Curfews for premises serving alcohol, restrictions on gatherings, and masks for students in Years 11, 12 and 13 are among the new restrictions being introduced today to curb the spread of covid in the community.
The new restrictions go hand-in-hand with a new set of economic responses, including a revised Co-funded Payroll Scheme and a support initiative for hotels and other providers of visitor accommodation.
Bars and restaurants will have a new closing time of 22:00, with all clients having to leave the premises by 22:30.
The curfew, which will also apply to off-licence shops and hotels, follows a number of hospitality-linked clusters found in the local community and growing international evidence about the importance of controlling alcohol consumption in enclosed indoor spaces.
From Wednesday, students in Years 11 will be asked to wear masks at school when in combined spaces like corridors. The guidance is not yet finalised but is unlikely to apply in the classroom. Secondary school teachers will be advised to wear visors or masks while at school.
All pupils in Years 11, 12 and 13 are also due to be tested in the coming weeks.
Informal gatherings will from now on have to be kept to a maximum size of 10 people (including children), while the maximum size of formal gatherings has been slashed from 40 to 20. Restaurants will not be allowed to take table bookings for groups exceeding 10.
Funeral sizes will also be reduced from 80 to 40.
As previously announced by the Assistant Education Minister, there will now be triple testing for new arrivals on days 0, 5 and 10.
Testing will also be rolled out to care home residents and visitors, with the latter tested on a similar schedule to staff.
Given the impact the measures are likely to have on businesses, a new ‘taskforce’ of senior Government officers led by Customer and Local Services Director General Ian Burns has been established to come up with remedies – including economic ones – for specific workforce concerns in the coming days and weeks.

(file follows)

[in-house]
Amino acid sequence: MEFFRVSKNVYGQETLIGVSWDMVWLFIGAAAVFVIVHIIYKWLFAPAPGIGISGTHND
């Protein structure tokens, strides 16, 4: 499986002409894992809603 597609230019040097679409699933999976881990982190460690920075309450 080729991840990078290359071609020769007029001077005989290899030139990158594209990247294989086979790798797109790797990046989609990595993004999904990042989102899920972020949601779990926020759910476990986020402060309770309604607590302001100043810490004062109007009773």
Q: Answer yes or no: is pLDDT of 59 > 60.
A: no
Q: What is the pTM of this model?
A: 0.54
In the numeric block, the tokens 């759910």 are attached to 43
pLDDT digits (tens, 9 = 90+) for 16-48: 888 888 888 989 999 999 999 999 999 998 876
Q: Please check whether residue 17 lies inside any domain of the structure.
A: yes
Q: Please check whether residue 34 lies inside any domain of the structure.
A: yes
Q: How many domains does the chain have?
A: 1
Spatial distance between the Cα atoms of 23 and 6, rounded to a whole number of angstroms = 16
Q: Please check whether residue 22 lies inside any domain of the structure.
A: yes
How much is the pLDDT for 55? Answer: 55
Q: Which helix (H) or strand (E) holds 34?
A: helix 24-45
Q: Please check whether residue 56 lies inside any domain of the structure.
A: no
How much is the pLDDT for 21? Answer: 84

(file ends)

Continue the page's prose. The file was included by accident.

Incentivising care workers not to work across more than one care home will be among the problems they’ll be tasked with solving.
They’ll also be reviewing how best to protect the 3,000 high risk adults that form part of Jersey’s workforce.
Today also sees the launch of ‘Phase 3+’ of the Co-funded Payroll Scheme. While Ministers had previously decided that it should taper off, that decision has now been reversed.
Businesses and sole-traders will be able to apply for a refund of employees’ wages up to a maximum subsidy of 60% up to the value of £2,000, resulting in a subsidy of up to £1,200 per employee per month.
The subsidy provided will be linked to the detriment suffered by the business, with the percentage topped up by 10%.
Pictured: The subsidies being offered. (Government of Jersey)
The scheme aims to take into account the impact that the new restrictions are likely to have on licensed premises.
A new Visitor Accommodation Scheme has also been announced, which will provide additional support to the island’s registered accommodation providers.
The scheme is structured as a room subsidy and will provide support of up to 80% of fixed costs, paid on a monthly basis in arrears.
Covering the period of October 2020 to April 2021, the scheme will open to applicants on 23 November 2020.
Together, both schemes will cost £17m.
The measures are due to be explained in more detail by Ministers at a press conference this afternoon.
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